PROVINCETOWN — Alice Brock came of age in the 1960s, which everyone knows because one of the most famous songs of that era was named after her.
The song, of course, is “Alice’s Restaurant Massacree,” Arlo Guthrie’s 18-minute ballad about his arrest in Stockbridge for illegal trash dumping the day after Thanksgiving 1965, following a feast “that could not be beat” at Alice and Ray Brock’s house, a former church. It’s where Alice did the cooking and the dishes, while, she said, the boys played music.
Now, at age 79 and a Provincetown resident for more than 40 years, Brock reflects on the lessons learned from being an innocent hippie, and how she found real freedom from husband Ray (an architect she met at age 19), restaurant ownership, and her own image as a frozen 1960s relic.
Money, something she has never respected — “until now,” she laughs, — is in such short supply that her friend Dini Lamot, a.k.a. Musty Chiffon, a former member of the late 1970s punk band Human Sexual Response, has organized a GoFundMe campaign titled “You Can Give Anything You Want” to help her.
Brock was recently discharged after nine months in Cape Cod Hospital, where she was treated for stage four chronic obstructive pulmonary disease (COPD). Yes, she smoked — three packs a day until age 50, when “the Mad Russian,” Yefim Shubentsov, kind of hypnotized her, she says.
“He was in Brockton and you paid $60,” she says. You sat and listened to him expound on his ability to read and control people’s minds, after which he waved his arms. She has not touched a cigarette since.
Brock is reluctantly asking for help now. The GoFundMe campaign as of last week had raised $27,675 of its $120,000 goal.
“It’s very embarrassing to me, because I was always on the other end,” she says.
Comments on the GoFundMe page detail her many generosities. One is from Rex Richards, who now lives in Kittery, Maine. Brock gave him a job, he says, that he was not qualified for when he badly needed it. He applied during a snowstorm in Lenox, Brock says. She later took him to the bank in Lenox and helped him open his first bank account.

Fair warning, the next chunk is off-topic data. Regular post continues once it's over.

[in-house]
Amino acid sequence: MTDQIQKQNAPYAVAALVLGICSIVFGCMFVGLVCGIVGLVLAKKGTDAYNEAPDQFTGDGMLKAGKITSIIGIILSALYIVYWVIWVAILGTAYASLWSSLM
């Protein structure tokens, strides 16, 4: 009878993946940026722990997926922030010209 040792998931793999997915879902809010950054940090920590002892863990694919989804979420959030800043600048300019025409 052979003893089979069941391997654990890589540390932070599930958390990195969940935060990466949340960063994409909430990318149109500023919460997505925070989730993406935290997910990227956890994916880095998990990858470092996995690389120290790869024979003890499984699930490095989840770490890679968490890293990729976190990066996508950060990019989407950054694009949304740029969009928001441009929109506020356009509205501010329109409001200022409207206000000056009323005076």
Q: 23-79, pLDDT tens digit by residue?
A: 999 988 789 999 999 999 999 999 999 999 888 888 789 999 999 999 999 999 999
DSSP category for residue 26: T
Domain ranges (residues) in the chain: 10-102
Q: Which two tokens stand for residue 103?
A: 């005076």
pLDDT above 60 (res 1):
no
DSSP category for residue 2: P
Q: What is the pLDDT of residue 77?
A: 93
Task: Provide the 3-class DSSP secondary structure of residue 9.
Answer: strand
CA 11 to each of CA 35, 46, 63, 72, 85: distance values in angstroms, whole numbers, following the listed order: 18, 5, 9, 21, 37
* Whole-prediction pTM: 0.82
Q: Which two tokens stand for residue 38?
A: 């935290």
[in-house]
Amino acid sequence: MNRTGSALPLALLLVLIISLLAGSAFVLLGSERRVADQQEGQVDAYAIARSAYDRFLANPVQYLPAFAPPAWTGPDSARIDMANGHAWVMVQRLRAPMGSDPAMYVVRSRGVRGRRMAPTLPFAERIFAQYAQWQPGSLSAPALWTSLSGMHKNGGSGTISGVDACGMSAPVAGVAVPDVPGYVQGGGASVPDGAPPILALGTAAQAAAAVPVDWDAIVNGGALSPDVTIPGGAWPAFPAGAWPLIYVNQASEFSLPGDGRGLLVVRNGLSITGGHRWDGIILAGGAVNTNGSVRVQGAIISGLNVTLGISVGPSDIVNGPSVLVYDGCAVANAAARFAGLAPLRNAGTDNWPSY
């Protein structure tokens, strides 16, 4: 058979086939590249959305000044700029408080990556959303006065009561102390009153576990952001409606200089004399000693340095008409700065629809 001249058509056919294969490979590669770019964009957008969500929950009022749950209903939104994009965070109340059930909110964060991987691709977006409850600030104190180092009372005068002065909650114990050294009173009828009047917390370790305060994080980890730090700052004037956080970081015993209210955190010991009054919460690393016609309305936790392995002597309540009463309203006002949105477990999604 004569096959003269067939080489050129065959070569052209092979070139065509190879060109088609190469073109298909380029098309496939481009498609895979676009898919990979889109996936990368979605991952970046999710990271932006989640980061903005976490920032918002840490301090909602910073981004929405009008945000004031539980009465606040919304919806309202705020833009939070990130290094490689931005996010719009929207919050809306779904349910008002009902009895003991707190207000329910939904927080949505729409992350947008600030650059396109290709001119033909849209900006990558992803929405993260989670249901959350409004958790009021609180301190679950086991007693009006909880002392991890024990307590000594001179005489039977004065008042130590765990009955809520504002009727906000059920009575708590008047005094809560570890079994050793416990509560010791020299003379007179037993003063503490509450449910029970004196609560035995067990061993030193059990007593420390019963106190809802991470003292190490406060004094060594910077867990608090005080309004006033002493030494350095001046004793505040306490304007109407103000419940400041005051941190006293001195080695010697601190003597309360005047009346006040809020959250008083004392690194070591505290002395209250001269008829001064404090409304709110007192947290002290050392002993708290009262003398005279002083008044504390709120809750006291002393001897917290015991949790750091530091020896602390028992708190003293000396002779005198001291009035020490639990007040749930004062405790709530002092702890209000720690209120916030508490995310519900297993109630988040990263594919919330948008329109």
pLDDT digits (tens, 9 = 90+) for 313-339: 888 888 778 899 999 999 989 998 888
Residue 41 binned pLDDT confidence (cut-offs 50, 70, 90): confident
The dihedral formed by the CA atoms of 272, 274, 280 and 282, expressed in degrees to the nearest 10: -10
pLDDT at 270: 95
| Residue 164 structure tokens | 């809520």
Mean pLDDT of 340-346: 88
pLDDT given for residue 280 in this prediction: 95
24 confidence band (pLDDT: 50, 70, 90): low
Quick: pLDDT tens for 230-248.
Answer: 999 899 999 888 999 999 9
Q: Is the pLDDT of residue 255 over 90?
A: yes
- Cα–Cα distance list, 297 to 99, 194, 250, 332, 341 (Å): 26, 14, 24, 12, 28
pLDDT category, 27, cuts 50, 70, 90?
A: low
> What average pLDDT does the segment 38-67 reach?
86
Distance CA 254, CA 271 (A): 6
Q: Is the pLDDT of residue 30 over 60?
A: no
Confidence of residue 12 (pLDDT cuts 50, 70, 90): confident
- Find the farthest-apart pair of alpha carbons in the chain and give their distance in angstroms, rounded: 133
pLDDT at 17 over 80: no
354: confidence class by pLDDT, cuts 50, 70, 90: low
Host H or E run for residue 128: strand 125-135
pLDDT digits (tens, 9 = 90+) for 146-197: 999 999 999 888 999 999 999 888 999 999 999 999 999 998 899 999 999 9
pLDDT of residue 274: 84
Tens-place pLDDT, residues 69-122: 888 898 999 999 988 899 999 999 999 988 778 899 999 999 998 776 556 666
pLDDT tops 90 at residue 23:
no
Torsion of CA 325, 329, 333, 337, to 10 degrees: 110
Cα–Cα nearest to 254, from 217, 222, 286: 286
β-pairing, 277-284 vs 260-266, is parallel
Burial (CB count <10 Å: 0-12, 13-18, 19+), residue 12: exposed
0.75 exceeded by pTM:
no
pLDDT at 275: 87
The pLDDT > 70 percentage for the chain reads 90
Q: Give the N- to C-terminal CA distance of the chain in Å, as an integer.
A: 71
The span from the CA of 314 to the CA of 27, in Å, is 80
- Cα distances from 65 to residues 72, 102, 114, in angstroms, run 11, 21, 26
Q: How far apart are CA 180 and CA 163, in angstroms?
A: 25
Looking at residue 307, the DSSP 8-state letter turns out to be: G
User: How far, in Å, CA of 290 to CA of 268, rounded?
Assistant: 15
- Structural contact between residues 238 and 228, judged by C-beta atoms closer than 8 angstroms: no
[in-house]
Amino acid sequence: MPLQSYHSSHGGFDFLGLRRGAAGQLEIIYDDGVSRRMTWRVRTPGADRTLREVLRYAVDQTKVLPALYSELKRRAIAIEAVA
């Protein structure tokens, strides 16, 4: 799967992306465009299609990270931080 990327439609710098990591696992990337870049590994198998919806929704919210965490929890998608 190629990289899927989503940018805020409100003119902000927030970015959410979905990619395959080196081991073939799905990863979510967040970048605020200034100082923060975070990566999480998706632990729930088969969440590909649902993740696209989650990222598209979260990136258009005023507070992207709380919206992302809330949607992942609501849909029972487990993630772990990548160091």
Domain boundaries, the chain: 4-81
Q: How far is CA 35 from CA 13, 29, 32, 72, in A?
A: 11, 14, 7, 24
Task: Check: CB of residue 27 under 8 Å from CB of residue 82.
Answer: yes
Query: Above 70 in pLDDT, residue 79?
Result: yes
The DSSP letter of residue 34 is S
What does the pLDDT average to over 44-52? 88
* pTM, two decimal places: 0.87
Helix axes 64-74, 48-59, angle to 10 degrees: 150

“She told me I needed to learn how to save money,” Richards says. “As long as I’ve known her, for 43 years, she’s always just taken care of people who have needed to be taken care of. She would give them a job, give them a twenty, and she would do it if she had it and even if she didn’t have it. Even in the song, she is bailing people out of jail. That’s just her.”
Brock is disillusioned with the 1960s, in both a personal and a political way. She said Ray (now deceased) was a bully, like her father, and they divorced. She owned a series of restaurants, thanks in part to her famous name; the last one, Alice’s at Avaloch in Lenox, left her bankrupt and shellshocked.
So, she came to Provincetown, a beloved childhood vacation spot where her artistic salesman father worked for the folk artist Peter Hunt. A prep cook and an artist, Brock ran a gallery out of her Commercial Street home for years.
Though she has lived in Provincetown for half her life, the Berkshires are still the place “with dream comfort memory to spare,” as Neil Young wrote in Helpless.
The Berkshires are where she has spent most of her Thanksgivings. It’s where she met her best friends, many of whom were part of the rotating cast of youth from the 1960s that included Arlo Guthrie, the son of folk legend Woody Guthrie. He attended the Stockbridge School, where Alice and Ray both worked. The job at the school, and the converted church, enabled Ray and her mother to keep Alice under their thumbs, she says, and away from New York City, where she craved to return.
The church became a magnet and crash pad for a band of Stockbridge students and young people, including Guthrie. Brock’s scrubbed wooden kitchen table in Provincetown is where Arlo wrote the song, her song.
“I thought Arlo was just a funny-looking kid with a guitar,” Brock says.
They are still friends, though Guthrie doesn’t do Thanksgiving dinners with the gang because he is usually off playing Carnegie Hall or something, she says.
“He’s got such an imagination, and he can put such things together that you would not think would go together,” she says. “I’m still close with those kids.”
They come from California and from Europe for the holiday feast, which often has been at the Sheffield home of the artist Benno Friedman, with Brock cooking.
The last Thanksgiving, though, was in Provincetown, catered by PB Boulangerie, which Brock raves about. About eight of the Berkshire regulars attended.
“I think I preferred the last two Thanksgivings because we had so many memories together,” Brock says. “We laughed and we cried, and it was just wonderful.”
What does her favorite Thanksgiving menu look like?
She prefers a traditional turkey (cooked with rosemary and butter under the skin and roasted breast-down first). The stuffing has bread, onions, celery, dried fruit, and fresh apples.
No Eastham turnip, no marshmallows in the sweet potato, or fried onions on top of string beans. But yes to creamed onions, mashed potatoes, and sweet potatoes. The gravy is made with the giblets and the neck of the bird.
Others bring the desserts.
And one of the best tips taken from America’s holiday heroine: know what to let go of.
“I was very attached to my parents,” she says. “But that happens when you don’t have good parents — you’re always trying to please them. My whole life, I’ve only known a few loving, wonderful families. I don’t know why anyone talks about family values.”
Happy Thanksgiving, Alice.